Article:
Review Author[s]: Christopher Chase-Dunn

Contemporary Sociology, Volume 21, Issue 5 (Sep., 1992), 689-691.

The Collapse of Ancient States and Civilizations, edited by Norman Yoffee and George L. Cowgill. Tucson: University of Arizona Press, 1991. 333 pp. $14.95 paper. ISBN: 0-8165-1249-3.

christopher chase-dunn Johns Hopkins University

This is an excellent collection of essays on the collapse of ancient states and civilizations by historians, archaeologists, one sociologist – S.N. Eisenstadt – and a political scientist. It will be important to readers of Contemporary Sociology because of the growing number of sociologists studying very long-run, large-scale social change. The editors organized a conference at the prestigious School of American Research in Santa Fe in 1982, and subsequently massaged the papers into the present volume. The result is far more book-like than most conference-


produced volumes, a tribute to the efforts of the editors.

This work accomplishes two purposes well. It is a digest and critique of explanations of political and cultural demise. And it provides expert overviews of the relevant research on Mesopotamian, Mayan, Teotihuacan (valley of Mexico), and Han Dynasty Chinese intersocietal systems.

Norman Yoffee provides an introductory survey of the literature about collapse from Spengler to Eisenstadt. He notes that most evolutionary theories are about rise or growth, and that they usually contain assumptions about systemic equilibria and continuity that are strongly contradicted by the boom-and-bust character of social change in ancient states and civilizations. The development of precapitalist political, religious, economic, and social institutions is very far from the notions of stasis and stagnation implicit in the ideas of "traditional society" or the "Asiatic mode of production."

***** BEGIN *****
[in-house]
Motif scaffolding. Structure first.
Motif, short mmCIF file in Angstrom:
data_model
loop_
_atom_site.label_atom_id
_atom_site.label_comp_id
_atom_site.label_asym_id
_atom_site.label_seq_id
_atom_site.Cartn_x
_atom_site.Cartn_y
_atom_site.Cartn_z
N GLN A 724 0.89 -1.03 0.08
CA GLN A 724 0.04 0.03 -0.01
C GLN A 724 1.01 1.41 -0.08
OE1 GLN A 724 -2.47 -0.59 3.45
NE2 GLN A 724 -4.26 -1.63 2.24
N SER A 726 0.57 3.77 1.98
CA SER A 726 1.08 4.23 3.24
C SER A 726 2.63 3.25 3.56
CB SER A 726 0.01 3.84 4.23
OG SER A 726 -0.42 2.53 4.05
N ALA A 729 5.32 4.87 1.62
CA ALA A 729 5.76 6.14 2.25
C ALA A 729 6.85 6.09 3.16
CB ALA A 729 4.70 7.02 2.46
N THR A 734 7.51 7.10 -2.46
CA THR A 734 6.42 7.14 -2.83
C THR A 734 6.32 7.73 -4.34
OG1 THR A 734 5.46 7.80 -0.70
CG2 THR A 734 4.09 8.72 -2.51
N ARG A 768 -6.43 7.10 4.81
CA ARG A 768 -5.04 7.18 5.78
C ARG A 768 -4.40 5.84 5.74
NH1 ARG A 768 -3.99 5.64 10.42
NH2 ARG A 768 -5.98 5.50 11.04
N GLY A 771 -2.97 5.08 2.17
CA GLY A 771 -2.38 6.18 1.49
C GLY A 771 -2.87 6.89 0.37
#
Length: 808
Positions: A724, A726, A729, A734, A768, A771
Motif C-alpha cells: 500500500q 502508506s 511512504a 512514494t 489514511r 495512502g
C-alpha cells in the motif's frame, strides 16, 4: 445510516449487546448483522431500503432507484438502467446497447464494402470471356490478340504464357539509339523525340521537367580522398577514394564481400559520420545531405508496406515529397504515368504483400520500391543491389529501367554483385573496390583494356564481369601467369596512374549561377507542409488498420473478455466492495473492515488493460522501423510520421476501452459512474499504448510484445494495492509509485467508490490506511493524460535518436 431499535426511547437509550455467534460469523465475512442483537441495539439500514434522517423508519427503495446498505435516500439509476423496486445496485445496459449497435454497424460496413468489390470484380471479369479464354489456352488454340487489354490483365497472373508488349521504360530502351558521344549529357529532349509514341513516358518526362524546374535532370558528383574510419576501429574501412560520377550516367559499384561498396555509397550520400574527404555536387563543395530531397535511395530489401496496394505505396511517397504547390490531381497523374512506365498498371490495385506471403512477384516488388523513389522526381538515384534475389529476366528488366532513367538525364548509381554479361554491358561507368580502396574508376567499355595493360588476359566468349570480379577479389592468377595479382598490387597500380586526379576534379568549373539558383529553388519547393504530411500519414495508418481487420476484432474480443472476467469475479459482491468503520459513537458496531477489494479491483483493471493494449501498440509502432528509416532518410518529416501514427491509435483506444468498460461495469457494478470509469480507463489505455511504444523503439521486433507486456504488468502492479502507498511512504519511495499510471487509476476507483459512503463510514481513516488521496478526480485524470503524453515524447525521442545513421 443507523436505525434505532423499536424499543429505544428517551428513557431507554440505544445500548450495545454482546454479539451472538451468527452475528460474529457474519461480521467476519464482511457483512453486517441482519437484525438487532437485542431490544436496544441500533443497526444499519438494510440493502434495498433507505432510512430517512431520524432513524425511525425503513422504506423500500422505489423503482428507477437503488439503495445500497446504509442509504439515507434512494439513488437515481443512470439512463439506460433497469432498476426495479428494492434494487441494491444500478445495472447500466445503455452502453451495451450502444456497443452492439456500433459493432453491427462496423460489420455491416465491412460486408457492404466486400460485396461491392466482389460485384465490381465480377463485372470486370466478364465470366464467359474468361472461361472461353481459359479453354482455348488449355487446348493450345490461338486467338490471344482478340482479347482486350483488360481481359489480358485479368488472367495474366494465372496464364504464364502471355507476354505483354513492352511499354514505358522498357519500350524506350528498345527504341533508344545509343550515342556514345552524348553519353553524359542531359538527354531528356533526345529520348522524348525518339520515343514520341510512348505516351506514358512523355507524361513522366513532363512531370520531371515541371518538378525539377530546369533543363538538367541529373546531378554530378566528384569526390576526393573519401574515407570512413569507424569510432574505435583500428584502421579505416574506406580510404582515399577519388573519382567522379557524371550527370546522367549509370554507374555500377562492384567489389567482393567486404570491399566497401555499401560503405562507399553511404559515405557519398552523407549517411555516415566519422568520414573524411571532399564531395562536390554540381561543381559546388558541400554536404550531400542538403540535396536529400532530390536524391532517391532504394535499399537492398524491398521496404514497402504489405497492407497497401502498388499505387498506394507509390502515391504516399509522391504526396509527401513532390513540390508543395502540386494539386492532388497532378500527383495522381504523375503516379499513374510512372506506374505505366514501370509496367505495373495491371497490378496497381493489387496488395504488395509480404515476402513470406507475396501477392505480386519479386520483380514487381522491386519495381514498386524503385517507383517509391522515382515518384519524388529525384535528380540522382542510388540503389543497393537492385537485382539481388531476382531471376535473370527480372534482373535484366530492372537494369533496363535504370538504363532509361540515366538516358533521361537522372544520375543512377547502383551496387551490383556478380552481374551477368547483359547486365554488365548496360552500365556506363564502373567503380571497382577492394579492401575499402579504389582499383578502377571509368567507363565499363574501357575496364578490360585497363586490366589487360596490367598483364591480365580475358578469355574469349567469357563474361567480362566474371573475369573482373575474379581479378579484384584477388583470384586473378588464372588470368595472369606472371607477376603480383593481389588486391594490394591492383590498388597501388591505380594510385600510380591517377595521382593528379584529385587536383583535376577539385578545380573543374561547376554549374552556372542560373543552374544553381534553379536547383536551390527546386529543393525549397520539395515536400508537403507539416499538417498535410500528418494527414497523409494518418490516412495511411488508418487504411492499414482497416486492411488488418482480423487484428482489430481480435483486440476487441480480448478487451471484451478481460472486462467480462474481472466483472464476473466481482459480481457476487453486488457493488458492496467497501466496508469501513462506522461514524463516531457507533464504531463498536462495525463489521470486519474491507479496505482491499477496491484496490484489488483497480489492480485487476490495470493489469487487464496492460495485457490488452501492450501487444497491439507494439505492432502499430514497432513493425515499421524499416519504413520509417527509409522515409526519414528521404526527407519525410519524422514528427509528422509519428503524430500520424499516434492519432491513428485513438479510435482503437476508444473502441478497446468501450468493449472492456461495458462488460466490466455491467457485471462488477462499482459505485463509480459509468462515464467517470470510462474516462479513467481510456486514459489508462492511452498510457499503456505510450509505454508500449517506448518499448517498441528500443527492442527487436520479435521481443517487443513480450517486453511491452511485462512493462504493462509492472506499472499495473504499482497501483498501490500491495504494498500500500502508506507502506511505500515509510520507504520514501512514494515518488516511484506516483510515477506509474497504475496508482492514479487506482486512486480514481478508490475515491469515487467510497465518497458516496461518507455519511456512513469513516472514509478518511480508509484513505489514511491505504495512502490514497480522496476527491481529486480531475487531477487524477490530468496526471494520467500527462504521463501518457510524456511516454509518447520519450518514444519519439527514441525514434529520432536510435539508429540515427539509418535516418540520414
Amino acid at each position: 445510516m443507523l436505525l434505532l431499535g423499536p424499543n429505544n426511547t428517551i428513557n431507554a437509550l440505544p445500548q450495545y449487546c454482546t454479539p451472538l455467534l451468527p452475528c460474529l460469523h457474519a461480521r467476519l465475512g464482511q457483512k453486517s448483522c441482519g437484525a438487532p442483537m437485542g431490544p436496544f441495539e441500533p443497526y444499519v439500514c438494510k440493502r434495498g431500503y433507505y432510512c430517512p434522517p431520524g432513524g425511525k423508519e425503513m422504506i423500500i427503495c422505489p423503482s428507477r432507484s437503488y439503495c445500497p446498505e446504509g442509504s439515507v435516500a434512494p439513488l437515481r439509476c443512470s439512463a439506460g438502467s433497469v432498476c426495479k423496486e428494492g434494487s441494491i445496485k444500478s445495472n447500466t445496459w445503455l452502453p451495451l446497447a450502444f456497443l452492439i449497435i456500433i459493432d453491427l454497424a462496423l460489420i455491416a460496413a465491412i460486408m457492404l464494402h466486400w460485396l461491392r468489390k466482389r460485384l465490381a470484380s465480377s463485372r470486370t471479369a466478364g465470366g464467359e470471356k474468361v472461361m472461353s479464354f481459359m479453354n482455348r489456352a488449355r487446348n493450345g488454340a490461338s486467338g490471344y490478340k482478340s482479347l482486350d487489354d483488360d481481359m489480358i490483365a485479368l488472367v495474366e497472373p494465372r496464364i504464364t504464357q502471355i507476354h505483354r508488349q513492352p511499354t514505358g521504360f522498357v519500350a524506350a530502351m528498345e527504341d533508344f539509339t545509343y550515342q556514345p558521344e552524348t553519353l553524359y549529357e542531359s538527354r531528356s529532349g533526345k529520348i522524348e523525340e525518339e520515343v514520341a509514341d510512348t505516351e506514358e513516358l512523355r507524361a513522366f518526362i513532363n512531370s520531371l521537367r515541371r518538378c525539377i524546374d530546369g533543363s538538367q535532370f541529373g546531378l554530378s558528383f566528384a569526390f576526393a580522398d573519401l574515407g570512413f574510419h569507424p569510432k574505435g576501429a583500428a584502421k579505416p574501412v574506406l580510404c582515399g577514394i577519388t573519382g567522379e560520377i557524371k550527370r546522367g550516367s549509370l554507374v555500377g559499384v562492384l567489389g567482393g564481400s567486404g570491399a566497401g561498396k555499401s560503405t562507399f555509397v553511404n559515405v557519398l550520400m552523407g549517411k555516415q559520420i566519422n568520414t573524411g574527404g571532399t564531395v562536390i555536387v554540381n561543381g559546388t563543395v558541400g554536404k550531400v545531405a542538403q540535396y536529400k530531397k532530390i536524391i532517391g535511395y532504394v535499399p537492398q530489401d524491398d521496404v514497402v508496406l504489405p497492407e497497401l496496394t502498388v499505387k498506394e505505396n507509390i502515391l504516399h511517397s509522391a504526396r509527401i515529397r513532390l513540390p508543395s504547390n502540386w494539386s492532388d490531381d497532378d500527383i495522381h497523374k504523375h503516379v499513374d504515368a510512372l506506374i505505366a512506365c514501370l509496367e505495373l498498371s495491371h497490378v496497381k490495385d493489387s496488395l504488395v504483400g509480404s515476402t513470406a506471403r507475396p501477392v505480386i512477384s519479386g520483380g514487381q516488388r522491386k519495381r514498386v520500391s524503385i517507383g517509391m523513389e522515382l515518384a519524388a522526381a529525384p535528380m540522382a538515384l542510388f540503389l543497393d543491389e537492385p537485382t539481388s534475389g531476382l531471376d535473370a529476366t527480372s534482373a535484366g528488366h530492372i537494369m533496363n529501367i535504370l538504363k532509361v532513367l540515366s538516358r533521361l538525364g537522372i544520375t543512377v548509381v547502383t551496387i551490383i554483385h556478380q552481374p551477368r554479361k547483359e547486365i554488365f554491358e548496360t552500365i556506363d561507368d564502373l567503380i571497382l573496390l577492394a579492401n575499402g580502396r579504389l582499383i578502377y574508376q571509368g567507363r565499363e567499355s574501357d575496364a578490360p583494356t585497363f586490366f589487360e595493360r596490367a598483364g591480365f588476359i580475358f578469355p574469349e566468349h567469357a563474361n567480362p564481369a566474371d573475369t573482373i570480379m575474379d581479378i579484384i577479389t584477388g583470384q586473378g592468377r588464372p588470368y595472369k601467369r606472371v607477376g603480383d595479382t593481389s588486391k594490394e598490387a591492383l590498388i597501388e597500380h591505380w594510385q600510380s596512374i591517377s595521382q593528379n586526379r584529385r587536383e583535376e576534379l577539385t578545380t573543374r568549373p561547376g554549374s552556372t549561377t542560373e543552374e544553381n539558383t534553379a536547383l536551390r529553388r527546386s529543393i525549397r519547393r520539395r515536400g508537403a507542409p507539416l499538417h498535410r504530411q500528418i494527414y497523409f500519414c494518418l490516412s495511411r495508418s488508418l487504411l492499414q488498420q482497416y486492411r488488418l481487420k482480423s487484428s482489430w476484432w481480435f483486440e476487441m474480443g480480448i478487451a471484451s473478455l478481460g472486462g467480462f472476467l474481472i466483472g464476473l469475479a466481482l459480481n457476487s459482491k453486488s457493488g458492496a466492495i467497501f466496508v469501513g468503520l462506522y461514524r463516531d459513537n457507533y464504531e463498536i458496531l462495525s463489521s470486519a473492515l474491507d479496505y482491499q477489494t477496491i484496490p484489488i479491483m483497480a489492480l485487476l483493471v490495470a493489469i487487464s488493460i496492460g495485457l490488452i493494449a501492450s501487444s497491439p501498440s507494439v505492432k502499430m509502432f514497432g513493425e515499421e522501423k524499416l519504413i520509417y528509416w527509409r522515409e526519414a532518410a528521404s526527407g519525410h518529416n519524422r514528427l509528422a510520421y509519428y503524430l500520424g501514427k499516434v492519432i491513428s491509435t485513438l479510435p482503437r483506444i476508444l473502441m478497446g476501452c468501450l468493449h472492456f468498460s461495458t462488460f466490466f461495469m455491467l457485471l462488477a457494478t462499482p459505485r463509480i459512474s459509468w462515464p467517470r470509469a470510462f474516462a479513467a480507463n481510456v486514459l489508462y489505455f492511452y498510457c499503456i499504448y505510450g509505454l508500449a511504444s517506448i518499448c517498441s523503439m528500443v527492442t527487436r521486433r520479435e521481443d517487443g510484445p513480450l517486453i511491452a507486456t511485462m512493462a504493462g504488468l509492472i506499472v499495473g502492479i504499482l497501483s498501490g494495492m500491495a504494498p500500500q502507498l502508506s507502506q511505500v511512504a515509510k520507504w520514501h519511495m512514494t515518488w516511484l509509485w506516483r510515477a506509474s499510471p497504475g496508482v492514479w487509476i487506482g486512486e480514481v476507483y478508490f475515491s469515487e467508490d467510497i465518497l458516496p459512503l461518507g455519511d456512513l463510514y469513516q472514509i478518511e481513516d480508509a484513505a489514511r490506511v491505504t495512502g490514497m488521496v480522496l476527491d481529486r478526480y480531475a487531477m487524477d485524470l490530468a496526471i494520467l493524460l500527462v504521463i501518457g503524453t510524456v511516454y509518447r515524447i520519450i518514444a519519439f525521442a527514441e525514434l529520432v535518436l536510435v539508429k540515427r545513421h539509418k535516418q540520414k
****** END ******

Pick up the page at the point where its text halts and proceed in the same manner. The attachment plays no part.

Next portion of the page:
Yoffee points out that because very few systems experience simultaneous collapse of everything, it is therefore necessary to examine the interrelations among different institutional subsystems. He critiques the general systems analysis of "cusp catastrophes" used by some archaeologists as too abstract and vague to provide much understanding of real historical systems. His precis of S. N. Eisenstadt is a marvel of clarity; it makes visible (possibly for the first time) a useful model in which political centers extract resources from dependent peripheries, and collapse when they are no longer able to do so.

Robert McC. Adams, now Secretary of the Smithsonian, presents an overview of the subject he knows so well–the Mesopotamian world. Adams points out the irony that while we have good historical-structural explanations of the emergence of states in Mesopotamia before the invention of writing because that is the province of archaeologists, there is much less understanding of collapse because humanistic philologists are the resident experts on Sumerian culture (once documents have become available) and they spend little effort trying to explain structural changes. Thus, despite having more evidence, we have less social science. Adams also affirms the importance of core/periphery relations for understanding ancient Mesopotamia.